I much prefer lists.  Find something I’d like to do, break it down into a beautiful list of it’s component parts, and tick them off at a non-prescribed pace, but edging ever closer to whatever it is I want to get done. I have made lists of all the things we need to fix in the house over however long such things take. I have completed a list of the numerous silly bits and pieces needed to be good hosts to our darling outlaws for Xmas, and I will add my blog at least to my monthly to-do list.  Most recently, I have made a list of the things I need to sort out before going on maternity leave.

Yes, dear blog; in the couple of months I have left you to fend for yourself, I appear to have acquired a small human in me. Having successfully avoided being pregnant for my entire adult life, it turns out doing so, even with my great enthusiam for planning, isn’t that easy.  The first attempt was just due to completely wrong timing. Attempt 2 was a mis-calculation of my (then very carefully calculated. or so I thought) fertile window.  The lucky 3rd time was actually down to another miscalculation and ovulating a little earlier than expected. As a result, I now have an 8 week-old little bean in me! Said bean appears to have been conceived in Budapest, so I shall name it Krampampuli, in honour of the delightful hot booze that was flowing at the time.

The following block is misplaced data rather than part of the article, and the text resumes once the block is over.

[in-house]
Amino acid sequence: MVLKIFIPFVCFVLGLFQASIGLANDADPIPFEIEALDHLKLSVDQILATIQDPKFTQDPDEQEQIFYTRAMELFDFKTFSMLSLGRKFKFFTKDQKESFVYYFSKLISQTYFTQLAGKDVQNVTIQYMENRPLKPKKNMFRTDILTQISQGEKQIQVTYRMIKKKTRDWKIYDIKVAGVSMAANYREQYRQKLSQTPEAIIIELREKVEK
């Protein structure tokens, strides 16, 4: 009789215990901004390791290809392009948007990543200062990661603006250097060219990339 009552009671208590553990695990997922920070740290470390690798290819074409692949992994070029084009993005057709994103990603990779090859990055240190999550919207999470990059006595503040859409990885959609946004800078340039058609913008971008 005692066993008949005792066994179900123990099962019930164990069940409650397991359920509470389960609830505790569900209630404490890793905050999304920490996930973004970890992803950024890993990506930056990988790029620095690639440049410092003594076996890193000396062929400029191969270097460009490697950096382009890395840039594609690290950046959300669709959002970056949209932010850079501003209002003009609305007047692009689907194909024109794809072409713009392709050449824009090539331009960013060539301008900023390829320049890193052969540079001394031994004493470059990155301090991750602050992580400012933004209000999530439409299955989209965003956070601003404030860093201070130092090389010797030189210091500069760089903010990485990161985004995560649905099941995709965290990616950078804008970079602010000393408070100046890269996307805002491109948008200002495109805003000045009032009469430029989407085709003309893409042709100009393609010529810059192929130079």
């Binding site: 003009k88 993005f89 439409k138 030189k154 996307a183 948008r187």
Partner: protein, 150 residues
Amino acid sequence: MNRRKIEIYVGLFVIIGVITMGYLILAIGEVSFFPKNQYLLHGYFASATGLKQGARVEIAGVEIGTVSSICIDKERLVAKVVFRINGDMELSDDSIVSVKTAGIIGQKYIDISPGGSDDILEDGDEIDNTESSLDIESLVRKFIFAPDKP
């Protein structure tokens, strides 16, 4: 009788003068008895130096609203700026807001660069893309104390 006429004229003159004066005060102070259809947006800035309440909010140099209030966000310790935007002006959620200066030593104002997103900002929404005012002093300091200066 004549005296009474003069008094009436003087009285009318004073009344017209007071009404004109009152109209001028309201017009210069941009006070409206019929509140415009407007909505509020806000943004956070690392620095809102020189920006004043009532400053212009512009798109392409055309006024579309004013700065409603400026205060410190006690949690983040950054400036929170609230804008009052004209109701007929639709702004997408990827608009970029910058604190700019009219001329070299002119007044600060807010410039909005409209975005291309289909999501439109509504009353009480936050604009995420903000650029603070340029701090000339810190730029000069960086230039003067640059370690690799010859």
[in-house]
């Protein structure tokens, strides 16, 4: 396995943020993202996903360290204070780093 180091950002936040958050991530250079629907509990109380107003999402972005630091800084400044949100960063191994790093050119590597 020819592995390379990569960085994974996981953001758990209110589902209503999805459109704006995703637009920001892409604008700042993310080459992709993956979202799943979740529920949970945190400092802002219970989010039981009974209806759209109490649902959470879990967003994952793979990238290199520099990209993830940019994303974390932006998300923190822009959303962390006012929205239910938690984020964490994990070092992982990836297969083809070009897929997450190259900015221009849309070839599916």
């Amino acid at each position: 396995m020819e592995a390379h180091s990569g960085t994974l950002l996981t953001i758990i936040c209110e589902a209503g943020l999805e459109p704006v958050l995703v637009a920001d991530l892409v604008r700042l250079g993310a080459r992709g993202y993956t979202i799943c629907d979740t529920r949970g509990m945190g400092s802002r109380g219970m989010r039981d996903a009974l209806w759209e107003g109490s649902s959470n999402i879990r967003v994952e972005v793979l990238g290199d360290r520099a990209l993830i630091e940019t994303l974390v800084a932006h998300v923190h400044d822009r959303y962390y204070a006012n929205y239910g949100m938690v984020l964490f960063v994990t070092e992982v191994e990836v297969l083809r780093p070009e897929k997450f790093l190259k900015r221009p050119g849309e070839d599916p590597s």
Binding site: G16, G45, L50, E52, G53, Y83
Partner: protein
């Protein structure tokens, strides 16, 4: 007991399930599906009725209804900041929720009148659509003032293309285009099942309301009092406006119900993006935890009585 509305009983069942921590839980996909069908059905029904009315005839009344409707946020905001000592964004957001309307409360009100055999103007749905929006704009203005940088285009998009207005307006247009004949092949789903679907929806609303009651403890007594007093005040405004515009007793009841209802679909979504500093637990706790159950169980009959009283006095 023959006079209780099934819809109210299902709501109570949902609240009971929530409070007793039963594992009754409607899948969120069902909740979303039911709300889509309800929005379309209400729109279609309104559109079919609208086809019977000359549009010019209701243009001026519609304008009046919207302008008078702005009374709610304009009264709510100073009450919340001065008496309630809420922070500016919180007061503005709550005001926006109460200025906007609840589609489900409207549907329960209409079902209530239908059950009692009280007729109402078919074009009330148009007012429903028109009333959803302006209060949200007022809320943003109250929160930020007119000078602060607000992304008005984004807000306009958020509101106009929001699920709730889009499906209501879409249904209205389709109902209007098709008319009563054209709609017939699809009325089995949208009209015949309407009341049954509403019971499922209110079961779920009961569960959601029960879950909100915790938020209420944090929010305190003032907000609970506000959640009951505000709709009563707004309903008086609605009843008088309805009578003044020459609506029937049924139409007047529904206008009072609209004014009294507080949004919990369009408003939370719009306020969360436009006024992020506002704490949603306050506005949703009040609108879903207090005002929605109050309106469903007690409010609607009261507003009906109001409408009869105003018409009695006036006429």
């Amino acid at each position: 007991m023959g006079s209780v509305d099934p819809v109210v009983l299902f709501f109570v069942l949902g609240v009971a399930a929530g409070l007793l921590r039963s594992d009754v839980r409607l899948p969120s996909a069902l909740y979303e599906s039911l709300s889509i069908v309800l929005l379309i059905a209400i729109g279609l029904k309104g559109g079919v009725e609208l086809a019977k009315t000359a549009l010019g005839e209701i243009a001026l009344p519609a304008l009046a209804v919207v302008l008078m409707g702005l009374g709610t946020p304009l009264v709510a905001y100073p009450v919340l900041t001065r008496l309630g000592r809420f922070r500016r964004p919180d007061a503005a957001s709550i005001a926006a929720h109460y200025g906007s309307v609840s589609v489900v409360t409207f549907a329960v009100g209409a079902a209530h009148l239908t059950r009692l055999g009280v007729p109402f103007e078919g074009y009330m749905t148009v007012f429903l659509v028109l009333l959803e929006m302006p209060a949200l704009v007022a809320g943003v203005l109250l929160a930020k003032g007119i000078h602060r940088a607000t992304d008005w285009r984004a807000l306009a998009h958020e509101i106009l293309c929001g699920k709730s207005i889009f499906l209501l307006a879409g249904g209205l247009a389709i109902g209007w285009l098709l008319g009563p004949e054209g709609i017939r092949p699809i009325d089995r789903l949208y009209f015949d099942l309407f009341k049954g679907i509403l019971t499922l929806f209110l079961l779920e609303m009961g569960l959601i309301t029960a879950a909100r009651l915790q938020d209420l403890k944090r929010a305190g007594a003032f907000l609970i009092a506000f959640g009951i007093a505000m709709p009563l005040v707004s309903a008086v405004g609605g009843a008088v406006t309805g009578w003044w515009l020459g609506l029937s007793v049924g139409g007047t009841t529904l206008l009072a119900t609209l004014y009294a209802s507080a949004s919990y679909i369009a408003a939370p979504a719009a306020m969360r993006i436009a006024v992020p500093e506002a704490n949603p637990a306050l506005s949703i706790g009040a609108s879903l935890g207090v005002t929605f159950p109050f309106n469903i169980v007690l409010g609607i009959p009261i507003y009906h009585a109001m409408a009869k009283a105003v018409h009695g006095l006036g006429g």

So what’s this new experience like?  Well it feels a lot like dreadful indigestion! I am most grateful to have escaped the worst of the early symptoms. No significant nausea so far, and if anything, I’m a little more energised than usual. Any food does however, seem to quickly develop into an enormous balloon. Despite little Krampampuli being far too tiny to be making a baby bump just yet, I do look somewhat pregnant several times a day! To my (rather flatulent) husband’s great amusement, I have been burping extravagantly after every meal. Perhaps soon I will be able to burp the alphabet as a party trick …

Oh, and the saliva! That is a really odd one! Even prior to the successful stick-peeing, I noticed this had increased significantly.  It’s really strange. On arriving home to the smell of delicious home-cooked chilli the other day, my mouth watered like a Pavlovian dog!

In light of this exciting new development, I have had my first sober Xmas and New Year in forever. The lack of hangovers is actually quite a revelation.  I have also discovered that M&S do a wonderful non-alcoholic Mulled Punch (which I have been found swigging stright from the bottle, such is my love for it!)